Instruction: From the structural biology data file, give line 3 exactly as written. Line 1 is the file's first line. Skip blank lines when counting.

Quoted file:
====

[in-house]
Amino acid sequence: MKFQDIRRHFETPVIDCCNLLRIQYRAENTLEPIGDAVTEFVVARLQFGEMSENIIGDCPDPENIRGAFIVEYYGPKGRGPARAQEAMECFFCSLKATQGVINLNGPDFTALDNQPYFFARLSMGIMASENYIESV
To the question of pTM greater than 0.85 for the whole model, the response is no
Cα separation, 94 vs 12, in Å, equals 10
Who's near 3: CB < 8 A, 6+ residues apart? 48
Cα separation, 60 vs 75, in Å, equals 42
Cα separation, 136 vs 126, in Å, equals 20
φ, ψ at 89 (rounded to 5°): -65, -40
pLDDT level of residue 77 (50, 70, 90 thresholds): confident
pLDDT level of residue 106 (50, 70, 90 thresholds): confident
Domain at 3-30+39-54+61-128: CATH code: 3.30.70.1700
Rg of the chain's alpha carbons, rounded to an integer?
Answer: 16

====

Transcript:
To the question of pTM greater than 0.85 for the whole model, the response is no